Rhetorical Devices In Faulkner's Speech

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In his address to a Mississippi high school’s 1951 graduating class, William Faulkner relates universal truths about power, fear, and wisdom. Using repetition, syntax, and definition, Faulkner attempts to inspire action among future leaders in the global tension of the twentieth century. Faulkner utilizes repetition in multiple ways. Firstly, he repeats the pronoun “you”: “...you are tired, frightened; you don’t care…”. In doing this, he places responsibility on the audience, which has recently come of age. He also reminds the class that they will one day be old and experienced, as well as run out of time to act. This pressures the listener to become more engaged in their youth, and make the most of their time and ability. Later on, Faulkner uses repetition for plain emphasis. Particularly, in regards to fear, which he characterizes as the most dangerous threat to mankind and the oppressed. His use of the words “fear” and “afraid” in reference to power conveys the idea that fear is…show more content…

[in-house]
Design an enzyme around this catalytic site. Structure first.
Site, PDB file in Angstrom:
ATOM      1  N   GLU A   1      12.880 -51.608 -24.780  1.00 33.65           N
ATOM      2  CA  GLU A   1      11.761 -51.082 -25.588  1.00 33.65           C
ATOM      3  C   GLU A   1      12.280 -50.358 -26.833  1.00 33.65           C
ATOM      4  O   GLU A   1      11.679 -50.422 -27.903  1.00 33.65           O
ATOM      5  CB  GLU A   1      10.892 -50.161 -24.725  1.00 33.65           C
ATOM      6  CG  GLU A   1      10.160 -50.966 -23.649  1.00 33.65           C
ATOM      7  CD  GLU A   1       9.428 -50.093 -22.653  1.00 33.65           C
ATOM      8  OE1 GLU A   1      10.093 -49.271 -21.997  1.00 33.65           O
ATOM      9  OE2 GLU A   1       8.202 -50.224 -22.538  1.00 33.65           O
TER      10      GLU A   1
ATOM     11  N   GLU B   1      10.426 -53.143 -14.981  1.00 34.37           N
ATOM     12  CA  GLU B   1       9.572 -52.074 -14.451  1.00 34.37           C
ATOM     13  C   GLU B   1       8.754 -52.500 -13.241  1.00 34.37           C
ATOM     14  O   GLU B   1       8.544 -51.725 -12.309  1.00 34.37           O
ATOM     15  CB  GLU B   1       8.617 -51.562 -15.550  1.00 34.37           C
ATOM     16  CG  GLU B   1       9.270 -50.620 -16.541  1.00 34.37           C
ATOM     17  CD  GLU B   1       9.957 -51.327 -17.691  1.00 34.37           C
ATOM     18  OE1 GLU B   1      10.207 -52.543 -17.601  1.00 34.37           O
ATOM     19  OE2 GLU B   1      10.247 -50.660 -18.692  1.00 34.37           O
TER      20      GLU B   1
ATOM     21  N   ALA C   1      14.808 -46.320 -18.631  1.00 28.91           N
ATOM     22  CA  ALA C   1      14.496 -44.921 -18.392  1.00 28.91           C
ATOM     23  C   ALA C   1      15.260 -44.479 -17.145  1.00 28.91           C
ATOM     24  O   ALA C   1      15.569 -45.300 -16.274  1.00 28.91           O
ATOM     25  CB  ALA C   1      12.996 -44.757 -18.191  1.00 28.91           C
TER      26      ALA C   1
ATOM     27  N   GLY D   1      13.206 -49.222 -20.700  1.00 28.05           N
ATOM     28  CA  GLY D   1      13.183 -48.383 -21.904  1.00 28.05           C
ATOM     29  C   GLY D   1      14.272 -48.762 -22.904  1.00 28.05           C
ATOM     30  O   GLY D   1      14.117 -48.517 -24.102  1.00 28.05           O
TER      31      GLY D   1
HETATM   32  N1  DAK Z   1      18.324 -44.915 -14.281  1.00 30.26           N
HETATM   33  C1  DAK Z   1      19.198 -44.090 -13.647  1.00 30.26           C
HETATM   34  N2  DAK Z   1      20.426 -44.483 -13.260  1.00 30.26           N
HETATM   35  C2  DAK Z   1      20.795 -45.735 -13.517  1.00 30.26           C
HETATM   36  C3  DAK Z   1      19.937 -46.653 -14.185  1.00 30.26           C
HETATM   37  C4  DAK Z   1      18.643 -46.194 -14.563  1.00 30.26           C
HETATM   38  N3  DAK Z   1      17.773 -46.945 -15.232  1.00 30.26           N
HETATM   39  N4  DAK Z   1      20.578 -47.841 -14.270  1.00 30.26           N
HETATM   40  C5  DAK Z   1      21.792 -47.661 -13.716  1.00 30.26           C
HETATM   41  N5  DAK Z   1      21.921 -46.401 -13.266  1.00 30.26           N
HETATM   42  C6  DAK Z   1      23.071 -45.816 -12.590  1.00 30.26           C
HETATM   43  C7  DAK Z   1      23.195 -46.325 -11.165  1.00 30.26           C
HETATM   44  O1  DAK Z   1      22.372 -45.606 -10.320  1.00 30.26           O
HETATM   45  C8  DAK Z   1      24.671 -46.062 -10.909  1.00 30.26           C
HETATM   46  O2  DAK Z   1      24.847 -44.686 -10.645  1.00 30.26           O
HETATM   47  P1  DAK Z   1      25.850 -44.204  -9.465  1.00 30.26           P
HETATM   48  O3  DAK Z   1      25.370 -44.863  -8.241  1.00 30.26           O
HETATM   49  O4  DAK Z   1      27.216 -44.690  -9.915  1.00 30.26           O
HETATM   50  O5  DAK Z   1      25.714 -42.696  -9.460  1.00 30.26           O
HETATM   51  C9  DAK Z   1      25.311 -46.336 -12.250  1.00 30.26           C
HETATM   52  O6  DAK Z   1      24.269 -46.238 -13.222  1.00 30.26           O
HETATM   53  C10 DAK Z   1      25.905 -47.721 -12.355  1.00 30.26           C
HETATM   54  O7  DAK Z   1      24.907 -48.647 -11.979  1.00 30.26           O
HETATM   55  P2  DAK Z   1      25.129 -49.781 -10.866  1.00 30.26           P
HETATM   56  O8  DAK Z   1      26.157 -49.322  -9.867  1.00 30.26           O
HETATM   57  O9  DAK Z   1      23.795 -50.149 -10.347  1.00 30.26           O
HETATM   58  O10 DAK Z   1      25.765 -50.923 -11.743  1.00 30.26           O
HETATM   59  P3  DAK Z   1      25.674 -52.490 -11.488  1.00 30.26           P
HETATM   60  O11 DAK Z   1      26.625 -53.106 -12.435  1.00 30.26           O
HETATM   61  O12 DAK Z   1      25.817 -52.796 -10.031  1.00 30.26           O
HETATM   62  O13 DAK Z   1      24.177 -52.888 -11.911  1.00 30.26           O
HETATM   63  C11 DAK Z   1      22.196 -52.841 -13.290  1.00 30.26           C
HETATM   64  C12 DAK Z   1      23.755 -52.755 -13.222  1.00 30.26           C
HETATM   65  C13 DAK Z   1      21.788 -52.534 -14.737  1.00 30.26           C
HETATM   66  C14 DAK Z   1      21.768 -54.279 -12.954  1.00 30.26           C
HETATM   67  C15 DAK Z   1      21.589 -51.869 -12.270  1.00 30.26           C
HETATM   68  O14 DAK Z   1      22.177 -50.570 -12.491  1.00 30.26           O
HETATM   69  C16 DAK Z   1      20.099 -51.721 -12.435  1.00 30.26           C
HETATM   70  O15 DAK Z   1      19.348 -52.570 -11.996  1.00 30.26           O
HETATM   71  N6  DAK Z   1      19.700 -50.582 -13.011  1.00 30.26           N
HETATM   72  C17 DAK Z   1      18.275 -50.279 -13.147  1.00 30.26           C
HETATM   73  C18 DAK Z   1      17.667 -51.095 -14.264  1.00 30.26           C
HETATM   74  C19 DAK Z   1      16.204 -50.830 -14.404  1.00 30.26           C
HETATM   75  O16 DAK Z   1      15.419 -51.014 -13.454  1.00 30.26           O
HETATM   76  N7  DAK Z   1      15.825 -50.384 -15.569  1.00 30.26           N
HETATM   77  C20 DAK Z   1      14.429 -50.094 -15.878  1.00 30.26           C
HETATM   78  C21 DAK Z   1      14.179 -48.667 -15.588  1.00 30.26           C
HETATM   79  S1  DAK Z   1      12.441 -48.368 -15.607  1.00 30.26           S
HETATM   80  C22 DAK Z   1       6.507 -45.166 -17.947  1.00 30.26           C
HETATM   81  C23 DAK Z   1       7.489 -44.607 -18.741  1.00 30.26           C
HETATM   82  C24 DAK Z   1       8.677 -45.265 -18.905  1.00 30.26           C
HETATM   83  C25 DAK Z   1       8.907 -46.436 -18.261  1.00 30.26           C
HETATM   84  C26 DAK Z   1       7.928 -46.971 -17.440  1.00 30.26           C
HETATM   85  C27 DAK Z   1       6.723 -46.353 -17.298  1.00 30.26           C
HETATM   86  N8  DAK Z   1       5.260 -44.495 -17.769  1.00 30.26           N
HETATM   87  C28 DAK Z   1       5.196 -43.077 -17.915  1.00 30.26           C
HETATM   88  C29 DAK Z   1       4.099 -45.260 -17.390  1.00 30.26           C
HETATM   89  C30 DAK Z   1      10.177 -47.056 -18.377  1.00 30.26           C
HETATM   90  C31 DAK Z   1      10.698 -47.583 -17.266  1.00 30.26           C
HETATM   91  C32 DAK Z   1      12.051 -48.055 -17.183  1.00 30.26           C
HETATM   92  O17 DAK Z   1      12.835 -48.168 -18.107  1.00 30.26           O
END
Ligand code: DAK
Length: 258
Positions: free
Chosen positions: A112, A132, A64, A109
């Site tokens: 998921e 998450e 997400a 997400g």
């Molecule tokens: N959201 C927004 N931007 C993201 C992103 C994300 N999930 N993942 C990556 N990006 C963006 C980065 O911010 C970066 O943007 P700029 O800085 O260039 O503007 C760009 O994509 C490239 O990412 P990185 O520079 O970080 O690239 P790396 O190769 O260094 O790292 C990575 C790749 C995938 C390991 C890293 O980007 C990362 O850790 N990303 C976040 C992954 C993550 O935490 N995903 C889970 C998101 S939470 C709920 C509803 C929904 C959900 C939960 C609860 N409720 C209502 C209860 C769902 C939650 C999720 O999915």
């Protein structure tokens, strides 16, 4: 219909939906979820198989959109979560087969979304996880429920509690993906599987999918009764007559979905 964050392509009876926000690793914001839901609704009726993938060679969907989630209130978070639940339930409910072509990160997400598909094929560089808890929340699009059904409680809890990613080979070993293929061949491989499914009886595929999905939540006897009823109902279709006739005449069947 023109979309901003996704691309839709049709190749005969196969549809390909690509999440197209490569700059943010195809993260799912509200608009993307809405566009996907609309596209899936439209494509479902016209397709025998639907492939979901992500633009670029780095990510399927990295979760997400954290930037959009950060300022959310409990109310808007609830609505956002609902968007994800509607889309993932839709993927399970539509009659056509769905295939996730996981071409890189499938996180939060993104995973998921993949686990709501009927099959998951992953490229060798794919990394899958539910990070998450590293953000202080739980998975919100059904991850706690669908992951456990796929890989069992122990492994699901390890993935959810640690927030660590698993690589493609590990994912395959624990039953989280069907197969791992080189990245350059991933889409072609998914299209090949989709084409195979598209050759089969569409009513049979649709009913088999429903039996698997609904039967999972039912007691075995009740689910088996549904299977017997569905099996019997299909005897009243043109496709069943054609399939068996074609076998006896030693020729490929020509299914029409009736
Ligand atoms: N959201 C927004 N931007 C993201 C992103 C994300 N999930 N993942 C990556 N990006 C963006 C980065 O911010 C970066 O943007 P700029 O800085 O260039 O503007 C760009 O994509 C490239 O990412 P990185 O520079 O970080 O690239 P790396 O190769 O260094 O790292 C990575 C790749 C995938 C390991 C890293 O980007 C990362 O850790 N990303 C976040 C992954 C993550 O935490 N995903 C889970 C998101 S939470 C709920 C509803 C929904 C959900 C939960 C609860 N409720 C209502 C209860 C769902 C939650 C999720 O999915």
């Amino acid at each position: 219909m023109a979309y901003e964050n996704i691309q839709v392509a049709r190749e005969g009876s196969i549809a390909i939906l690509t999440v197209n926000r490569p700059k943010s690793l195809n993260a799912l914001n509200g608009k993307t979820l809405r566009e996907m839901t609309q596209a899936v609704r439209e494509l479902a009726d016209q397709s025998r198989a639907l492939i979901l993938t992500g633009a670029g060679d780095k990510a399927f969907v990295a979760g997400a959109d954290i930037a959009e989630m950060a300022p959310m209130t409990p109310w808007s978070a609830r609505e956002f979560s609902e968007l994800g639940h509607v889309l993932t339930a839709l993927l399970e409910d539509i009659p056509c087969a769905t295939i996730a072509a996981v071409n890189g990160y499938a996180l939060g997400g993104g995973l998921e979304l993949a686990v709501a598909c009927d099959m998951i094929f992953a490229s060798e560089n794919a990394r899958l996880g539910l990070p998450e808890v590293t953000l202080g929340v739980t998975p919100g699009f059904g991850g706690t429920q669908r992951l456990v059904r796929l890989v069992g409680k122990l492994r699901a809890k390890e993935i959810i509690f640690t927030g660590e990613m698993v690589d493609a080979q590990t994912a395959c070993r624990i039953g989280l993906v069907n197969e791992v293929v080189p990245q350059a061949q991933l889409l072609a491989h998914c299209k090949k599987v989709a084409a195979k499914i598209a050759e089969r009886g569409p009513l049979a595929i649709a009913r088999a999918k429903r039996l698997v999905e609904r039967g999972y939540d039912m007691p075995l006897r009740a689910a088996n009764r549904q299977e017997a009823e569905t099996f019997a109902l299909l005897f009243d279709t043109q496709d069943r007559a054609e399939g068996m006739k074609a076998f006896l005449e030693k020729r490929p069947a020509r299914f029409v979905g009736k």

His definition of, “Man himself...Man, the individual,” furthers the direct interaction with each member of his audience. When Faulkner describes the, “duty and responsibility of man,” his audience understands that they are directly involved in his vision of the future. Near the end of his speech, Faulkner uses the terms “man” and “you” interchangeably, using diction to reinforce the societal responsibility of the graduating youth. Faulkner’s speech is ultimately about power. His description of the ability of youth, the importance of fear, and tyranny in general convey the different forms of power in society, as well as how it relates to young people. By repeating fear and power as important, abstract forces in the world, Faulkner hopes to prepare his audience of young adults to take action in the youth, with the understanding of their own crucial roles in
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